MCI was the first company to create agreements with the power companies
in the USA to allow them to run fiber inside the center of the static
wires that run along the tops of the transmission towers. Those wires
are hollow and provide a perfect space to run fiber. These agreements
gave MCI a great lead in completing it's fiber network. The joint
agreements also provided bandwidth to the power companies for monitoring
the health of the power distribution networks, etc.
It's a good idea that is over 20yrs old,
Chris BONDE wrote:
>Our local electric power company just finished putting in a new line. It is
>commissioned shortly. It is a 230kV line, about 50km and also has a fibre
>cable (for communications and control). There are 290 poles. The first line
>in 1897 and a pole put in about that time, still in use, has a service record
>yrs. Wooden pole were used as they have a history of good durability, less
>than steel and weigh about 30% less than steel. Easier for the helicopters.
>To me the significant point was the fibre optic line. That is what all the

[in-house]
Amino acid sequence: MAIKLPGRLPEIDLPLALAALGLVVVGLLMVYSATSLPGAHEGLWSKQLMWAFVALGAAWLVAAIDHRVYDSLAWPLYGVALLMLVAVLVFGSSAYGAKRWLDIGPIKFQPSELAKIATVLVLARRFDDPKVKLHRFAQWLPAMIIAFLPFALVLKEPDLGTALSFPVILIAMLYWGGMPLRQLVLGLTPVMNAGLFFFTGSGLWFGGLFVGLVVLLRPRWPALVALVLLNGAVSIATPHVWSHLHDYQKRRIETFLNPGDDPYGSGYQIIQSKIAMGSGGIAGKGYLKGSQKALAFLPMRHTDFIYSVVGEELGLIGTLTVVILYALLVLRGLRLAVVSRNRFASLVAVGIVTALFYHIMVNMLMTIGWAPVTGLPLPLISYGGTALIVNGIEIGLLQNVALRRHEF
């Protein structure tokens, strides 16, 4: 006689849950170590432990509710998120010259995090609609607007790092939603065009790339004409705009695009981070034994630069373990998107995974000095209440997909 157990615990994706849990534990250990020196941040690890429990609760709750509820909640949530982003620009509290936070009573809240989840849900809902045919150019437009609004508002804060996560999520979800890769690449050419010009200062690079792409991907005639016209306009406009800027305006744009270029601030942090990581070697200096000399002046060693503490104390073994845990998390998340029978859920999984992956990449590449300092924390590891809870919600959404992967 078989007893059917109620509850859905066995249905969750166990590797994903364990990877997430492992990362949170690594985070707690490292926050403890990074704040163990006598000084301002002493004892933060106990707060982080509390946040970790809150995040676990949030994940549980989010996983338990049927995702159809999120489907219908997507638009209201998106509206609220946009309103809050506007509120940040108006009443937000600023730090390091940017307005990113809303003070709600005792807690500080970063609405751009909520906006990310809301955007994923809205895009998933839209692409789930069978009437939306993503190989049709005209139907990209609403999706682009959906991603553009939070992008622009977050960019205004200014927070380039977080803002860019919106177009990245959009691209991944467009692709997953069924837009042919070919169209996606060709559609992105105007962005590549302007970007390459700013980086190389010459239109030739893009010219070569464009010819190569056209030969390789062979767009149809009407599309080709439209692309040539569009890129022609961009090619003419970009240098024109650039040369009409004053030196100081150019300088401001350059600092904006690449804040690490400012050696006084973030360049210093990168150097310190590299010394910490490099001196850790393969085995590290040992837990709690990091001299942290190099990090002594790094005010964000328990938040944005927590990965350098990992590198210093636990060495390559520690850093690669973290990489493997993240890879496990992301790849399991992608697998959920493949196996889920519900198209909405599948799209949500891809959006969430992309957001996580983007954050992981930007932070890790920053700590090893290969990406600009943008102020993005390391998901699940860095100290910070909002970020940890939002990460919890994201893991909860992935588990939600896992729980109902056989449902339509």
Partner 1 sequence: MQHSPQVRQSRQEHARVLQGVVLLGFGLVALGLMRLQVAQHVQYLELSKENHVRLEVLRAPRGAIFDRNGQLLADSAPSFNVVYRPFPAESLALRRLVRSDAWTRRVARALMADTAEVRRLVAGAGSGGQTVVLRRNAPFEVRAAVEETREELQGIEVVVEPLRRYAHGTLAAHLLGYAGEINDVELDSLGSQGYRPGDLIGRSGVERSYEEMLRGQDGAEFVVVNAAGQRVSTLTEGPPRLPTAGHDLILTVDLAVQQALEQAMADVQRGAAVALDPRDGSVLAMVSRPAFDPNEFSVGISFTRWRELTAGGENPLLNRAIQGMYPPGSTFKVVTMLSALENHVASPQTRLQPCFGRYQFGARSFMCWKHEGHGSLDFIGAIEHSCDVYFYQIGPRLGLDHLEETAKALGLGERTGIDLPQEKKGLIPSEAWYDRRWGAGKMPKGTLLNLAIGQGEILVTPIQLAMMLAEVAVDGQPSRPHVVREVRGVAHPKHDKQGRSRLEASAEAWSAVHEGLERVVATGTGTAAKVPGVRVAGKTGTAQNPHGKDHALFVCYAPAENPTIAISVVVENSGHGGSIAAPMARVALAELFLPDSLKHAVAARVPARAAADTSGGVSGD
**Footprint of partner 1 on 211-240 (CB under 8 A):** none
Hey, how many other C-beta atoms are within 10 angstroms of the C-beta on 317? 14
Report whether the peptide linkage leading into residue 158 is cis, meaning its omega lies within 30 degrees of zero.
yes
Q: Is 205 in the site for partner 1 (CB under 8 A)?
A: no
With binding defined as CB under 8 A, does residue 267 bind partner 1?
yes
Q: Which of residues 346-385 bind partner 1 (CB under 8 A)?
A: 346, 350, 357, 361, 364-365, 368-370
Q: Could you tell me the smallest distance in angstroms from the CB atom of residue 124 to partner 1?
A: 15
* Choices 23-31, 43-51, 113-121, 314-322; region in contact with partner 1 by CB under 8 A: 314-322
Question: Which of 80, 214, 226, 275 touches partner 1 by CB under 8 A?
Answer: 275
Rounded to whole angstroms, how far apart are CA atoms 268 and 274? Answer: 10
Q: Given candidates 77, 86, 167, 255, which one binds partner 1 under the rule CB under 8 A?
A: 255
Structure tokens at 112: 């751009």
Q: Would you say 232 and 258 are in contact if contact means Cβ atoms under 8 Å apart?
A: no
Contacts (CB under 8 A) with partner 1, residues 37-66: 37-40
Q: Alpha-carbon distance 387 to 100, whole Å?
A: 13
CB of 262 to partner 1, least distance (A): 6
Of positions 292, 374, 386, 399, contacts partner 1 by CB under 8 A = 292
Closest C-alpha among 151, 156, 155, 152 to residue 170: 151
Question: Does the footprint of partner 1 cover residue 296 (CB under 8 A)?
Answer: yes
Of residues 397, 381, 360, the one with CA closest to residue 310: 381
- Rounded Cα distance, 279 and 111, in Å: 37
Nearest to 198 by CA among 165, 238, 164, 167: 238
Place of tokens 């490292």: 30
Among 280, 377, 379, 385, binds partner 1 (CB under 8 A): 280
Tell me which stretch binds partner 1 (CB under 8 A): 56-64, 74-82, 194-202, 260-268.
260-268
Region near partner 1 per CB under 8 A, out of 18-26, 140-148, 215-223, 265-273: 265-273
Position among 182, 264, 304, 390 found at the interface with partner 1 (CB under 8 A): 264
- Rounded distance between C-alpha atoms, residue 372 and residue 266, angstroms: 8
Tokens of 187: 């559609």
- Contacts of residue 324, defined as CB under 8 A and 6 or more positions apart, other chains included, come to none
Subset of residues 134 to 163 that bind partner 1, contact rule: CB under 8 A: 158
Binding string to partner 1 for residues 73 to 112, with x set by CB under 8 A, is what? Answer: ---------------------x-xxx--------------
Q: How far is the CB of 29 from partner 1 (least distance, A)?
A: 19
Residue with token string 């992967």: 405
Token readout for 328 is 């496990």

>companies should have to do. Who knows they might even be able to compete
>with the cable and telcos for long distance.
>Chris opr VE7HCB
>From: "Kevin Hemsley" <firstname.lastname@example.org>
>Date sent: Wed, 6 Aug 2003 12:28:13 -0600
>Subject: [TowerTalk] Broadband over Power Line Video
>>The ARRL website published a story today about Broadband over Power
>>Line (BPL) technology. The story includes a video clip shot by Ed
>>Hare, W1RFI. The video tells a pretty ugly story without any dialogue.
>>Microserv Computer Technologies, Inc.
>>See: http://www.mscomputer.com for "Self Supporting Towers",
>>"Wireless Weather Stations", and lot's more. Call Toll Free,
>>1-800-333-9041 with any questions and ask for Sherman, W2FLA.
>>TowerTalk mailing list
>See: http://www.mscomputer.com for "Self Supporting Towers", "Wireless
>Weather Stations", and lot's more. Call Toll Free, 1-800-333-9041 with any
>questions and ask for Sherman, W2FLA.
>TowerTalk mailing list